As finance professionals who have spent considerable time studying the PolyMet project, we come to the exact opposite conclusion from Lee Schafer (“Low prices won’t dissuade PolyMet,” Oct. 15). When we crunch the numbers, it’s clear PolyMet’s proposed mine doesn’t make financial sense.
PolyMet and the Minnesota Department of Natural Resources (DNR) are rushing to complete an environmental-impact statement on the proposed copper-nickel mine near Hoyt Lakes. In their haste to finish, they are not telling Minnesotans a critical fact: current metal prices mean the project is not economically feasible.
PolyMet’s proponents routinely cite the need for job creation in northern Minnesota. A cruel irony is that the jobs PolyMet promises to people on the Iron Range are not coming anytime soon, whatever the result of the DNR’s environmental review process.
We’ve long been puzzled by the financials of this proposal, and the recent plunge in commodity prices has only reinforced our skepticism. When we started looking, we were surprised to find that PolyMet’s last public financial return analysis was completed in 2008. At that time, PolyMet claimed that the proposal showed a healthy 30.6 percent after-tax return. But a lot has changed since 2008: a crash in the metals market, with copper down over 30 percent; a rise in wages and equipment costs, and the discovery that PolyMet would need to treat pollution for hundreds of years after the mine closed.
Using publicly available data for PolyMet’s return calculation and standard investment analysis methodology, we were able to update PolyMet’s financial model with today’s costs, metal prices and financial assurance requirements. The results show the project’s return is now negative at -3.3 percent. Pretax cash earnings have fallen from $217 million to $58 million annually. Moreover, the “pay as you go” plan of phased construction and environmental remediation puts the project in a negative cash flow position for at least the first five years. Even Wall Street in its go-go years would not finance a project with these returns.
In order for this financially risky proposal to secure financing, it would need a much higher return to be attractive. This leads us to believe that PolyMet will be unable to secure financing for the project anytime soon. PolyMet’s financial partner, Glencore, is struggling to pay down $10 billion in debt to avoid a crippling downgrade in its credit rating to junk status. Thus, it is unlikely to provide the upward of $1 billion necessary to develop the mine and fill the trust fund required under Minnesota law.
The sources Schafer relied on for his rosy assessment of PolyMet’s financial position all have a financial stake in the outcome of PolyMet’s permit decision. It’s unsurprising that Jon Cherry, CEO of PolyMet, would tout his company’s position. But his recent actions tell a different story. On Oct. 1, Cherry chose to cash in 169,000 shares of stock options in the company instead of taking the stock. This happened on the same day that PolyMet hit its lowest share price in almost 10 years. This is not the mark of someone confident that a permit and financing for his mine is imminent. Schafer’s other source, Lake Street Capital Markets, receives compensation from PolyMet for investment banking services.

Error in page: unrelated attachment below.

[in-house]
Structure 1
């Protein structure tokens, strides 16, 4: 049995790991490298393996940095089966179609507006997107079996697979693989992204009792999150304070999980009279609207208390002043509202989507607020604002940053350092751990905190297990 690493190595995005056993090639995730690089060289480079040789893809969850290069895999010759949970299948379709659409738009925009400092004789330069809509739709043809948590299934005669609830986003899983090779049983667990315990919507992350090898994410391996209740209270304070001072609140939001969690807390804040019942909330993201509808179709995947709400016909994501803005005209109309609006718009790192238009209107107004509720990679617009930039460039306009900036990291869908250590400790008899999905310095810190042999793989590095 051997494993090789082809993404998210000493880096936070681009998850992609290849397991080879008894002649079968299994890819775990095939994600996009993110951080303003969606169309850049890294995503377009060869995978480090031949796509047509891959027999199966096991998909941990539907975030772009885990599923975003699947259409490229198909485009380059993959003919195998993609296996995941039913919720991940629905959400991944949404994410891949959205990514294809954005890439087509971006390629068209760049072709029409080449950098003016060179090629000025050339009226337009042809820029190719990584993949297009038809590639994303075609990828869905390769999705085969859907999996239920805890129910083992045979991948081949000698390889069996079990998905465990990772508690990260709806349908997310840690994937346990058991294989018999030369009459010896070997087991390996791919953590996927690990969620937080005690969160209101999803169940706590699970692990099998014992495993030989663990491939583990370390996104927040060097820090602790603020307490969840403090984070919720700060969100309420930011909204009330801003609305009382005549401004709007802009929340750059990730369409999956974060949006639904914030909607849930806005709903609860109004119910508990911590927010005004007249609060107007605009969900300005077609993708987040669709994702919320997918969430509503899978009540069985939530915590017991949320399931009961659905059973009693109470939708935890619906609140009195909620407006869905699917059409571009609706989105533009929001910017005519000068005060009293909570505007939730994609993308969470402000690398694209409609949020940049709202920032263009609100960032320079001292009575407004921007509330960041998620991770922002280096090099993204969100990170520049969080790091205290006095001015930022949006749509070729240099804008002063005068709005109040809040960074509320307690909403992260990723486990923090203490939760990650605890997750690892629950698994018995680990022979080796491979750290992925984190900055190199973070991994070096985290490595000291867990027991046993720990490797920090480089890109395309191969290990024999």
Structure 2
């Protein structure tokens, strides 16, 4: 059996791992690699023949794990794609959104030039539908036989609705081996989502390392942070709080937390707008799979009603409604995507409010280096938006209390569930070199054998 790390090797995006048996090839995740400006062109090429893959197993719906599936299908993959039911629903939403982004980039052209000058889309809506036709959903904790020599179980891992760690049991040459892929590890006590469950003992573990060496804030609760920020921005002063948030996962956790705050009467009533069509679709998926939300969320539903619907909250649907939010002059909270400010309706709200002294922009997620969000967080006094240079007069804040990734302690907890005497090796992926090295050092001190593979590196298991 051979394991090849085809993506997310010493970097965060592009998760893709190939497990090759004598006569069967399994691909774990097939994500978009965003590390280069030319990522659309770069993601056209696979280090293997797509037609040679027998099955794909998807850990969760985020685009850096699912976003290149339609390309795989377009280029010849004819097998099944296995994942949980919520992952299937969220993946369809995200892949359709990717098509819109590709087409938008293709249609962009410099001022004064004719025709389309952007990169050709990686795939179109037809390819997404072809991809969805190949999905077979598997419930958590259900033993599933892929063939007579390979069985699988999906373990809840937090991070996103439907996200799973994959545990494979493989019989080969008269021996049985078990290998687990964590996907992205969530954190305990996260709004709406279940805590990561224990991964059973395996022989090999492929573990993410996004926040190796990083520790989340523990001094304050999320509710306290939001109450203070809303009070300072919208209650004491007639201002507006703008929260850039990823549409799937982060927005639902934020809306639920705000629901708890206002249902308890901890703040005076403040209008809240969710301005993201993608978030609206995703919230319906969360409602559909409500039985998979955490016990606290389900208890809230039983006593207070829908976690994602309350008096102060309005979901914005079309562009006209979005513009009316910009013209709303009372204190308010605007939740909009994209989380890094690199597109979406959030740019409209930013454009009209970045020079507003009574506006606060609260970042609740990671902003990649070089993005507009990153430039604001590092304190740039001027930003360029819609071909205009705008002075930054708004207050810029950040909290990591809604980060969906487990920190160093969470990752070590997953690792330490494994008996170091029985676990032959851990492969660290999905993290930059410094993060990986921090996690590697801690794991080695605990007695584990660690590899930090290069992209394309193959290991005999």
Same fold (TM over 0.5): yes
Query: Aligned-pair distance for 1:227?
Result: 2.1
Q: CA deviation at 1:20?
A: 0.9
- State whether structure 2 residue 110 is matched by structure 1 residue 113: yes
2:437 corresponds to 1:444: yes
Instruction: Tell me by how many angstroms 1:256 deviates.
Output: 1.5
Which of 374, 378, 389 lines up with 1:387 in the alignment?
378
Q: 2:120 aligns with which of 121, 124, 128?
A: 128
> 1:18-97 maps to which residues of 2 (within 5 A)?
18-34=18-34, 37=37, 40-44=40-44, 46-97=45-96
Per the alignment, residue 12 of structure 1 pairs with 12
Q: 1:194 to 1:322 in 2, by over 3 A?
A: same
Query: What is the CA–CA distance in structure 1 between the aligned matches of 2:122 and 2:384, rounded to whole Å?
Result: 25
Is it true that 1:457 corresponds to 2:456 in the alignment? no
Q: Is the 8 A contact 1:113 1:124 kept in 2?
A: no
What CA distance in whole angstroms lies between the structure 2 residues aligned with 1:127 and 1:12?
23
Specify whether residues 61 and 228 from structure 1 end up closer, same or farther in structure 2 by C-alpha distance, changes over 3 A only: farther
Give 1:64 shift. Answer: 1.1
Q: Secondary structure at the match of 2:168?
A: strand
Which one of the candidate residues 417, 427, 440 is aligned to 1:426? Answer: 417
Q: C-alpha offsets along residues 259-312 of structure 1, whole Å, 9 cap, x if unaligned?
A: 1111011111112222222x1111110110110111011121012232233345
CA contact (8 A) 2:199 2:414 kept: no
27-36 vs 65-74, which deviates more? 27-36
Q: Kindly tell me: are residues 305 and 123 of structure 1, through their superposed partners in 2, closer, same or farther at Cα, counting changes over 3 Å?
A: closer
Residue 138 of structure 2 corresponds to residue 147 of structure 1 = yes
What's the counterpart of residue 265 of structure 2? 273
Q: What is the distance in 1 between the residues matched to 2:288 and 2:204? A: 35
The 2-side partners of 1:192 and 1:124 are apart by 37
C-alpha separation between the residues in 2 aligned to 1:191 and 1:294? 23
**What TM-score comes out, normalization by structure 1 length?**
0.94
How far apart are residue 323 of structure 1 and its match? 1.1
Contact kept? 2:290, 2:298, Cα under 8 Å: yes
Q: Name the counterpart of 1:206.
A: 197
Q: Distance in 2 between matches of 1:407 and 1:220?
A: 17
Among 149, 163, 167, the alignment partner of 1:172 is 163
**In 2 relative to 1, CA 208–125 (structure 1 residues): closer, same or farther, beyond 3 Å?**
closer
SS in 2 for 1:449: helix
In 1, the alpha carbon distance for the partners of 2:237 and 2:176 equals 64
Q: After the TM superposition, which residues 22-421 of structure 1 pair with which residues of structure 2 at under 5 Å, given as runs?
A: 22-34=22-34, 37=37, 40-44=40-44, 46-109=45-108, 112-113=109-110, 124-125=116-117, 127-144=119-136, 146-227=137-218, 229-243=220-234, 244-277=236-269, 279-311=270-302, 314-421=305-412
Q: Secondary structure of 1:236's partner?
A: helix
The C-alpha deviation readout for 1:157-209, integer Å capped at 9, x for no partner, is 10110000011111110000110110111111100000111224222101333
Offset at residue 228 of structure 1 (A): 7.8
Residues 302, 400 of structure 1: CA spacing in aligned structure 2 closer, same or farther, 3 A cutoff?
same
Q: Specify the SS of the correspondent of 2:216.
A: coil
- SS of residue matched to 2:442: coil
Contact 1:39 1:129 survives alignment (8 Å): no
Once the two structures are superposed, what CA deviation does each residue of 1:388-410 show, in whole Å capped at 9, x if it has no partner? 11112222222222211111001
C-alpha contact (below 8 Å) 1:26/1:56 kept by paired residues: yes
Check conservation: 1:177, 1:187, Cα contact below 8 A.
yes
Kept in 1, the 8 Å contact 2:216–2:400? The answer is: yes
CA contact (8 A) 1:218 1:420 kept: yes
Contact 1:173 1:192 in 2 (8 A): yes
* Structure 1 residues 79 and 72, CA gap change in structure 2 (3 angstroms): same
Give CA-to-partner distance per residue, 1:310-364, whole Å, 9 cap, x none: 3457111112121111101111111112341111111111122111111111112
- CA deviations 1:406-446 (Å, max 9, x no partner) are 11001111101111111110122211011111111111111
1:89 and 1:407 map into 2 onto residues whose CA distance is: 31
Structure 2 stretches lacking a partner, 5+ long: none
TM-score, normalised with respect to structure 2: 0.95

PolyMet is competing for financing in a global context that is not pretty. Global copper producers have mothballed 1.5 million tons of production already this year (compared with PolyMet’s projected 36,000 tons of production.) Glencore alone has mothballed 400,000 tons of production. According to a recent Goldman Sachs report, new mine development is on hold until existing mines are brought back on line, which is expected to be at least the year 2020.
Our modeling also shows that PolyMet will struggle to provide an upfront financial trust fund sufficient to protect Minnesota taxpayers. Just using the remediation cost estimates provided by the company, PolyMet will need to establish an upfront trust fund of at least $350 million. This estimate provides only the funds necessary to remediate and maintain the site as estimated by PolyMet. It does nothing to insure us against a tailings dam collapse or other disaster, such as occurred last year at the Mount Polley mine in Canada. Even if PolyMet never turns a shovel at its proposed mine site, the shuttered plant it bought from Cliffs has $72 million in unfunded cleanup costs that PolyMet would be responsible for the moment it receives a permit.
Despite years of work on the environmental-impact statement, critical issues remain. Gov. Mark Dayton’s plan to conduct an independent financial review of PolyMet before making a decision on permitting the proposal is a wise one. Giving a permit to operate a risky mine to a financially shaky company would put Minnesota’s water and taxpayers in jeopardy.
Ron Sternal, of St. Louis Park, is a retired Wall Street executive. Alan Thometz, of St. Paul, is a certified financial analyst and the former director of advisory services for Grant Thornton LLP. John Gappa, also of St. Paul, serves as chief financial officer for Post Consumer Brands. The opinions expressed here are solely their own.